The ultimate demonstration of Mr. Bush's true priorities was his attempt to appoint Bernard Kerik as homeland security director. Either the administration didn't bother to do even the most basic background checks, or it regarded protecting the nation from terrorists as a matter of so little importance that it didn't matter who was in charge.Bush's "undeserved reputation" referred to above is especially nagging. The public gives him credit for preventing another major terrorist attack on American soil in the 3-plus years since 9/11, but it wasn't as if there was anything comparable to that in the 3-plus years before 9/11. For the WTC to fall, it took years of planning, a cadre of dozens of highly motivated wackos, and an incredible string of luck, facilitated by an Administration staffed with Peter Principal rejects and white "recipients" of affirmative action, euphemistically called "neoconservatives", that were too filled with their own arrogant self-importance to pay attention to the signs in front of them.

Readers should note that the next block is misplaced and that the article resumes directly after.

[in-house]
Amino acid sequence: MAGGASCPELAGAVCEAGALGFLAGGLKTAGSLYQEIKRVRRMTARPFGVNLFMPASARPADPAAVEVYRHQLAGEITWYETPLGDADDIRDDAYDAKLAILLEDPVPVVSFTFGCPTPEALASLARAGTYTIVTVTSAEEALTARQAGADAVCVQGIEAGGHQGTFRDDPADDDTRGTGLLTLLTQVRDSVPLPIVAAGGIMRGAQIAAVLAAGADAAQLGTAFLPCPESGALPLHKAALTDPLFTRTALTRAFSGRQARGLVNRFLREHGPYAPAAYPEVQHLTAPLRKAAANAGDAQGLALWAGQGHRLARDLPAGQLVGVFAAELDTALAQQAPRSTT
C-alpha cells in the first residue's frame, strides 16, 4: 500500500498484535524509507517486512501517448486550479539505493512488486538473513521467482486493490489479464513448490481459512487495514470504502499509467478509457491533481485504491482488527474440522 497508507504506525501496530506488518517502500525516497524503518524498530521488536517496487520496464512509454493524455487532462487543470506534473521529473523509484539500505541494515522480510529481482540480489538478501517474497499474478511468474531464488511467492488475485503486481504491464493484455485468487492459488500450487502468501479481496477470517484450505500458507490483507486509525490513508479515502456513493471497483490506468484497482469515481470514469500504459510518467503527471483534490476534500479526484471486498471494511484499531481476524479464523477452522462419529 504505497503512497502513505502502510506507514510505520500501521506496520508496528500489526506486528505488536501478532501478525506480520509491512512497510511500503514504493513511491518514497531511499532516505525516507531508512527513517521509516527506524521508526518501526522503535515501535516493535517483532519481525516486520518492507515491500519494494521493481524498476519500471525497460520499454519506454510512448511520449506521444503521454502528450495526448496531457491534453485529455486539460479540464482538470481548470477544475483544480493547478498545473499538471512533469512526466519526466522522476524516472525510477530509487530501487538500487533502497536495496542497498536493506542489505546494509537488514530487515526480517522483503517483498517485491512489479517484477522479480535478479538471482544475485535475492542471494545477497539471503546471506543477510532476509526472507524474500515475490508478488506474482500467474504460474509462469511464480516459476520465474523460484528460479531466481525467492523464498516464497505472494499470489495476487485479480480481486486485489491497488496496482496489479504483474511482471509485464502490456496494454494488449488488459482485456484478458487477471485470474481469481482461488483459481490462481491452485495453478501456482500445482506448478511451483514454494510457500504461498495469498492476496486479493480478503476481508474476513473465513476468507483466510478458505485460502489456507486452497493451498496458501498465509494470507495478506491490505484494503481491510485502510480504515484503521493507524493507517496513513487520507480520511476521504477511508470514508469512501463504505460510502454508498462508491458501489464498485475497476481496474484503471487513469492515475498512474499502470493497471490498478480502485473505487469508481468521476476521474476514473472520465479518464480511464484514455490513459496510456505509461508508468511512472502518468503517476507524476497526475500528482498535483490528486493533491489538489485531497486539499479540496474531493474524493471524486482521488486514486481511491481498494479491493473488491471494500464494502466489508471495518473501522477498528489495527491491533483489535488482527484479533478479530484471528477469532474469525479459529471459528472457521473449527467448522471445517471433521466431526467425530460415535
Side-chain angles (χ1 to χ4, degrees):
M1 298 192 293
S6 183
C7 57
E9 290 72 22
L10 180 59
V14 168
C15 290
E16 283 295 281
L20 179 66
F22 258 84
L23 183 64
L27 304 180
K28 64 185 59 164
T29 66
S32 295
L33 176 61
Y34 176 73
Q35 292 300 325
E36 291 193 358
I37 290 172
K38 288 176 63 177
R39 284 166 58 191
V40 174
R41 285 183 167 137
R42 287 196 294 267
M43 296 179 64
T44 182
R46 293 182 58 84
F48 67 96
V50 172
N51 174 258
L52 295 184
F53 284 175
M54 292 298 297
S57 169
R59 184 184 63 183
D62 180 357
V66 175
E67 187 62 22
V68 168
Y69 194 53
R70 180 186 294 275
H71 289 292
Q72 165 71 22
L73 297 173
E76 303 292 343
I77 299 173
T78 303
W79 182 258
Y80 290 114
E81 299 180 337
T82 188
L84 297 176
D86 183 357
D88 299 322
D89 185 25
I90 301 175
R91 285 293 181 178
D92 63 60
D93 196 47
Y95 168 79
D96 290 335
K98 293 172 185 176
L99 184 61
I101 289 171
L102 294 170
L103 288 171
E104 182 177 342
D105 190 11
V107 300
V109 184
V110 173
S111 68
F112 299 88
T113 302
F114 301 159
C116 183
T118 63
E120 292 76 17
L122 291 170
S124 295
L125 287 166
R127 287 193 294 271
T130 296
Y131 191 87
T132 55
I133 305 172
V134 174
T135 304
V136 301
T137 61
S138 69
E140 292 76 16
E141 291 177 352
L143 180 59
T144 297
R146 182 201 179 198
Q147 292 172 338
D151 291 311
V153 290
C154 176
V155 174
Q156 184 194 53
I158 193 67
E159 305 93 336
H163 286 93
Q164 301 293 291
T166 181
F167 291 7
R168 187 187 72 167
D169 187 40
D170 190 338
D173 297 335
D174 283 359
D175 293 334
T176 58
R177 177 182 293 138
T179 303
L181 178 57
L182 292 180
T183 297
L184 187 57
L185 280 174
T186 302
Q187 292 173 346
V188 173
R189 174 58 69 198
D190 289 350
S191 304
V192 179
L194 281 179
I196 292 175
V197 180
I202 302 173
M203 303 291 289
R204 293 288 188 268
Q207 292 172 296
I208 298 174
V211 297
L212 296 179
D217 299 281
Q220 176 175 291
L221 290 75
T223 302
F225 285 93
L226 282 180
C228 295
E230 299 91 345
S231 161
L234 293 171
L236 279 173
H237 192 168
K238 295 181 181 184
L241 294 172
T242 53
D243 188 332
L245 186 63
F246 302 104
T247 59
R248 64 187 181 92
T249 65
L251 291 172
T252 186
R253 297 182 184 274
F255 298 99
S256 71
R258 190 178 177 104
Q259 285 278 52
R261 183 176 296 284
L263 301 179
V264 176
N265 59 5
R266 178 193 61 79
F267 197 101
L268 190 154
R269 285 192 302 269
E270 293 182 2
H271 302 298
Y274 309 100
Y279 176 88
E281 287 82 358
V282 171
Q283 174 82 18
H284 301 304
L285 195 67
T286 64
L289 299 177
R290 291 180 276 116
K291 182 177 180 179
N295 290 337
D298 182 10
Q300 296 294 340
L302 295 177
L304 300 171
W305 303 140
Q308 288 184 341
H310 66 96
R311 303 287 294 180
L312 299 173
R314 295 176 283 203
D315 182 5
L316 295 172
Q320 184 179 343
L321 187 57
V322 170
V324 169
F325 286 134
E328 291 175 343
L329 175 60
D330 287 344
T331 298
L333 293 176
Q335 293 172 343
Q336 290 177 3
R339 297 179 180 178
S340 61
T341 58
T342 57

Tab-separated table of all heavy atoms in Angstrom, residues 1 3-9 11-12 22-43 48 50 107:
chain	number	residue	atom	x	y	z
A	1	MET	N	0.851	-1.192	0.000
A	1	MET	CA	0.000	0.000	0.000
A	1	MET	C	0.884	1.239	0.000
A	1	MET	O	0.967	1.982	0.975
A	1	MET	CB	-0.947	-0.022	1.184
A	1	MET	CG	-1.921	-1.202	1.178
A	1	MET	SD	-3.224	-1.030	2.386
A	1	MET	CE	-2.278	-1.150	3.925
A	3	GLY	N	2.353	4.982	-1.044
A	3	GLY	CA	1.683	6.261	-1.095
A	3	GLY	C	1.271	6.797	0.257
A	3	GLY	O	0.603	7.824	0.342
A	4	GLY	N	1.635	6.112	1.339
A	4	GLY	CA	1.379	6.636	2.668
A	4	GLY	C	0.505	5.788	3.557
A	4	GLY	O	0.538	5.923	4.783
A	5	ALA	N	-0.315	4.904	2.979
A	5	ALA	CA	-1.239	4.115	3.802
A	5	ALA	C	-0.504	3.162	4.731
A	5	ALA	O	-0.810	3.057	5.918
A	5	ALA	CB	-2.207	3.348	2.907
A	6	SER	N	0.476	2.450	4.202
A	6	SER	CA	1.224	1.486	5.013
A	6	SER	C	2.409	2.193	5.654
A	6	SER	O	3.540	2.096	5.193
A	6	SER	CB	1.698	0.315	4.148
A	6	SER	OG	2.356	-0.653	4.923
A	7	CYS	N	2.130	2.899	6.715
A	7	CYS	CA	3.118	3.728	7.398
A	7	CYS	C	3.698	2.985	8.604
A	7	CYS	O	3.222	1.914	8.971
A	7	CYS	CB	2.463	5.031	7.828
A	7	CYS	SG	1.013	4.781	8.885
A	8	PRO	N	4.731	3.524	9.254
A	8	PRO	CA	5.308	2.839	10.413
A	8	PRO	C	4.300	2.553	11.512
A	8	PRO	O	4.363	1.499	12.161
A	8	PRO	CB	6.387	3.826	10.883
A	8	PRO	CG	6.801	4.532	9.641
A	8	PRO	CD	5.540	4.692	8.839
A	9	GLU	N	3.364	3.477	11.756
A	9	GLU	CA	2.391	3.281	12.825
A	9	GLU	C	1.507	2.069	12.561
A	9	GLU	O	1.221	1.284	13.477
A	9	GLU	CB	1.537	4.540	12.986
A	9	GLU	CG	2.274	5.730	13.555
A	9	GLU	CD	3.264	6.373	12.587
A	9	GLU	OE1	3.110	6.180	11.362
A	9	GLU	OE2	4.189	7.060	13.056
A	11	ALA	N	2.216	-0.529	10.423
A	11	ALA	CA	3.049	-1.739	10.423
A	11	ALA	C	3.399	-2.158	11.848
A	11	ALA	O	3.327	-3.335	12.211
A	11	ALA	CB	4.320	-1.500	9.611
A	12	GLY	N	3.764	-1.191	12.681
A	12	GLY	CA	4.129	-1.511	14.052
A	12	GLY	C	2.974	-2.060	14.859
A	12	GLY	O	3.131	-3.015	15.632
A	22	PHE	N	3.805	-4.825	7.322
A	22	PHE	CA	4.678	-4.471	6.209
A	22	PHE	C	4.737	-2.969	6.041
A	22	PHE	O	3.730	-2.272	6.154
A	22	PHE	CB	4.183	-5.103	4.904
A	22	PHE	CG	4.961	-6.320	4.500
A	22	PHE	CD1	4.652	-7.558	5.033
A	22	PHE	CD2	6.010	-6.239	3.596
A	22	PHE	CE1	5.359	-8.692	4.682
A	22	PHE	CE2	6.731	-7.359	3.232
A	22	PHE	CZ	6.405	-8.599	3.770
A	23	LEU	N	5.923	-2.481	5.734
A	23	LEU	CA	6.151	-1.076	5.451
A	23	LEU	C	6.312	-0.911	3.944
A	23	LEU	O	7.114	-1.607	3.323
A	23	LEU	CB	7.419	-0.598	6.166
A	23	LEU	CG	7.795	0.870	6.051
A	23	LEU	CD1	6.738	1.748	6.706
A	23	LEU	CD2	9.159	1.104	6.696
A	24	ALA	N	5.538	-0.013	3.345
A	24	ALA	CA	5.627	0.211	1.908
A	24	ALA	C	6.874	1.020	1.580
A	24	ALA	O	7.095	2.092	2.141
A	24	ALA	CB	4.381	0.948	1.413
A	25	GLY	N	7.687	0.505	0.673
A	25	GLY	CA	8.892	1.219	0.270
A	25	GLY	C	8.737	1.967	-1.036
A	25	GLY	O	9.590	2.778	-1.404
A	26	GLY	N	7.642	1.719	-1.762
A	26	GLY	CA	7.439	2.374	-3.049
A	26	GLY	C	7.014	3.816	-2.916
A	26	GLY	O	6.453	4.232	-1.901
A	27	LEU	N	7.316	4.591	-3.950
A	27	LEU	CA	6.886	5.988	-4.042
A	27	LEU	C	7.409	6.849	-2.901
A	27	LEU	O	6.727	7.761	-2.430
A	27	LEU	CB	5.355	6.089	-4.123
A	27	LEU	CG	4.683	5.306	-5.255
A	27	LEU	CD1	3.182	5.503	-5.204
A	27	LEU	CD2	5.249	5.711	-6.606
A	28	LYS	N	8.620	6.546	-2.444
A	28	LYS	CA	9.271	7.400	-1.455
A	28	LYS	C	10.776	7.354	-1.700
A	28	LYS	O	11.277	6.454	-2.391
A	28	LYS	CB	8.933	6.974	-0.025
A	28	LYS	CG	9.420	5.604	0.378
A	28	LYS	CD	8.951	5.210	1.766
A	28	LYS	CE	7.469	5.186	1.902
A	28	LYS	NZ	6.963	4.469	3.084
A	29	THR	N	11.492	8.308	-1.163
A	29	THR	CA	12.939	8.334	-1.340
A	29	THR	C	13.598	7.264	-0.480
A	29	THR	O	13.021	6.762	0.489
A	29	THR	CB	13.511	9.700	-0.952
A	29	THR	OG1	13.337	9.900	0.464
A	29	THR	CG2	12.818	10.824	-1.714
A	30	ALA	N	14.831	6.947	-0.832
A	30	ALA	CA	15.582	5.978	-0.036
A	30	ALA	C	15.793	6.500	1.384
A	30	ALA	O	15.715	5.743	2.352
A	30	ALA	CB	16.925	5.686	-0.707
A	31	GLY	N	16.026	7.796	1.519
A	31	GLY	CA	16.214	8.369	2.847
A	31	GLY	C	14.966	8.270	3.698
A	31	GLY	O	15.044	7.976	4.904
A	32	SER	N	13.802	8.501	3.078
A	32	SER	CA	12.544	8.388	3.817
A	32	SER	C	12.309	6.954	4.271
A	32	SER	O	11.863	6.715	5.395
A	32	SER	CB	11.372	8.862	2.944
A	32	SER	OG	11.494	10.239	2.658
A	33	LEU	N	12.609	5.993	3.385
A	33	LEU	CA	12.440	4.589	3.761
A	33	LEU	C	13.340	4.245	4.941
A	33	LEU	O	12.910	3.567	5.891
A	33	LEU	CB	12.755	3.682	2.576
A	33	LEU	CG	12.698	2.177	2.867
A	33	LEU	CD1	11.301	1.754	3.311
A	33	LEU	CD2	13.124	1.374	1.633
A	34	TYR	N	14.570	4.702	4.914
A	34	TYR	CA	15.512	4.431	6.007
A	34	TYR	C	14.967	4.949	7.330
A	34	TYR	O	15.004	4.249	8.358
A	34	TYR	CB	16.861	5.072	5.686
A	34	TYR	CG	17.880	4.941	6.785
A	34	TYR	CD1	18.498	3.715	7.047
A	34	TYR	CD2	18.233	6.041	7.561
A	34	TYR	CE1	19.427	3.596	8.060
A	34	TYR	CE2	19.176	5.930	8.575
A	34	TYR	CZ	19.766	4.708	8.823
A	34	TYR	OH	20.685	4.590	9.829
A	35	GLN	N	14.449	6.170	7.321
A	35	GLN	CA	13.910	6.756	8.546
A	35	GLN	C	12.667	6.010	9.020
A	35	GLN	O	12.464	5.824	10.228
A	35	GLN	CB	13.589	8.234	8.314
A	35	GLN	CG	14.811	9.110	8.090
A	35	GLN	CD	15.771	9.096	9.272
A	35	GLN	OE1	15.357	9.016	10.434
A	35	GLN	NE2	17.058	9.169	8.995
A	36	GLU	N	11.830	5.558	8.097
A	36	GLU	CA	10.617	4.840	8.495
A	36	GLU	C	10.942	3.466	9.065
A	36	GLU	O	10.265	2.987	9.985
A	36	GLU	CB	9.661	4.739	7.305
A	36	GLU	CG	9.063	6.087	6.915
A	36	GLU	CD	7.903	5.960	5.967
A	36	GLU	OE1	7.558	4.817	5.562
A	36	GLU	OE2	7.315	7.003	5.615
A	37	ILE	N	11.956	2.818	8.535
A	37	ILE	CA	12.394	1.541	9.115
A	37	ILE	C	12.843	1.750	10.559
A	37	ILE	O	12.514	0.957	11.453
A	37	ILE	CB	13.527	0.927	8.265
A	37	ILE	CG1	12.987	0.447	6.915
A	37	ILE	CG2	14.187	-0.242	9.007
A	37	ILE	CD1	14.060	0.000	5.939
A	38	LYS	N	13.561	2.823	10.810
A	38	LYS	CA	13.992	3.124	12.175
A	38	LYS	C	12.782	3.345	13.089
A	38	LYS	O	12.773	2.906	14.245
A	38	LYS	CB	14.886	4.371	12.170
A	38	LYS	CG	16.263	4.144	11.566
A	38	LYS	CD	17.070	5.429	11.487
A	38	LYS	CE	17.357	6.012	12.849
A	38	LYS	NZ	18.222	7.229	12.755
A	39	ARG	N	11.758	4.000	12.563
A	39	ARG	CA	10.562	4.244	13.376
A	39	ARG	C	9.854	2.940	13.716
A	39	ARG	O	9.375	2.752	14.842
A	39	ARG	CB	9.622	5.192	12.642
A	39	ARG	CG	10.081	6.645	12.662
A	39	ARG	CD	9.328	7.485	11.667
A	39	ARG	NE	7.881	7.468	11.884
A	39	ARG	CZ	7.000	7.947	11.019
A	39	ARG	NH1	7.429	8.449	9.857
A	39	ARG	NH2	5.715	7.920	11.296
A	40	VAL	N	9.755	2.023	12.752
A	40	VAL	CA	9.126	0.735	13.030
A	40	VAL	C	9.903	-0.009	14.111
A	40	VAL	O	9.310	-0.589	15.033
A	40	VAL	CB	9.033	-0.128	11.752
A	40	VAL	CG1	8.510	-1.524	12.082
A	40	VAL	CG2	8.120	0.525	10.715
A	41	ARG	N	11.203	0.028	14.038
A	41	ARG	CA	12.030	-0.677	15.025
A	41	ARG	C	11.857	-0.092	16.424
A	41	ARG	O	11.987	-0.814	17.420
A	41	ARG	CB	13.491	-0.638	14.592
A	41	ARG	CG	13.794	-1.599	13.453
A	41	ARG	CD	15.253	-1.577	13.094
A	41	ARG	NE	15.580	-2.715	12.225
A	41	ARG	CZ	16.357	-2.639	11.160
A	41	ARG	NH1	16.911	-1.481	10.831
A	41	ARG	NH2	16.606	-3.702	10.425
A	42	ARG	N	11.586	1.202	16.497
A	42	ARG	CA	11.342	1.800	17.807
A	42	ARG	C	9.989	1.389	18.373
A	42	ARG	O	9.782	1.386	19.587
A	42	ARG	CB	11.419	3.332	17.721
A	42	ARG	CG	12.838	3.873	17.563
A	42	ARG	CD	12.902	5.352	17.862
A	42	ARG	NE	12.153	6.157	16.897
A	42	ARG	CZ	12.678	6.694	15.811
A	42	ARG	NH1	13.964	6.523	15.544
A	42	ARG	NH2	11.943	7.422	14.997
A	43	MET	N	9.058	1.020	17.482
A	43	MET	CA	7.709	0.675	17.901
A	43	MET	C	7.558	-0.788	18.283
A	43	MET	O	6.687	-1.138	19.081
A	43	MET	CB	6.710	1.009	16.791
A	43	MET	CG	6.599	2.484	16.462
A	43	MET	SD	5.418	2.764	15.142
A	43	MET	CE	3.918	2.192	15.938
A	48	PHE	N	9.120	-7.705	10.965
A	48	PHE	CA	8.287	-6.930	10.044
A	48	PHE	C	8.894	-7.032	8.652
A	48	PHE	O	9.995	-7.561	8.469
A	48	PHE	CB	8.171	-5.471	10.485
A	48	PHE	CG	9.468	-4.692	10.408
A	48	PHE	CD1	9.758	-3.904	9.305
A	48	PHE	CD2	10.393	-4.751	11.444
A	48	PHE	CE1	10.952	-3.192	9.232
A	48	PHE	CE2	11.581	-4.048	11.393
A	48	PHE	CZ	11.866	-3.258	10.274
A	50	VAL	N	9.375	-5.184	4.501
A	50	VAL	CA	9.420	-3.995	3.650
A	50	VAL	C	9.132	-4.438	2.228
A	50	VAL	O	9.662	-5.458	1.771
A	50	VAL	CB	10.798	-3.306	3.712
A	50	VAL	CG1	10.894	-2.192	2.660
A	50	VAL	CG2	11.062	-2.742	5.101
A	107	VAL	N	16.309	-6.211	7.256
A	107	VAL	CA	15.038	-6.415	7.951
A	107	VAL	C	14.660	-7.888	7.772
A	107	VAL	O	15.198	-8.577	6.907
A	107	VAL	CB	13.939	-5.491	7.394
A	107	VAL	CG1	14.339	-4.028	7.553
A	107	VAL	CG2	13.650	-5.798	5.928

My point is that Mr. Bush's critics are falling into an unnecessary trap if they focus only on domestic policies, and allow Mr. Bush to keep his undeserved reputation as someone who keeps Americans safe. National security policy should not be a refuge to which Mr. Bush can flee when his domestic agenda falls apart.
In short, even if we had done nothing after 9/11, it is still unlikely we would have had to face a similar attack in the last three years, just as we did not face a similar attack in the six-plus years after Oklahoma City. Krugman's point, that the Administration continues to overlook obvious areas where terrorists could attack in favor of ideological boogeymen overseas, does lead to the frightening conclusion that our luck may soon run out.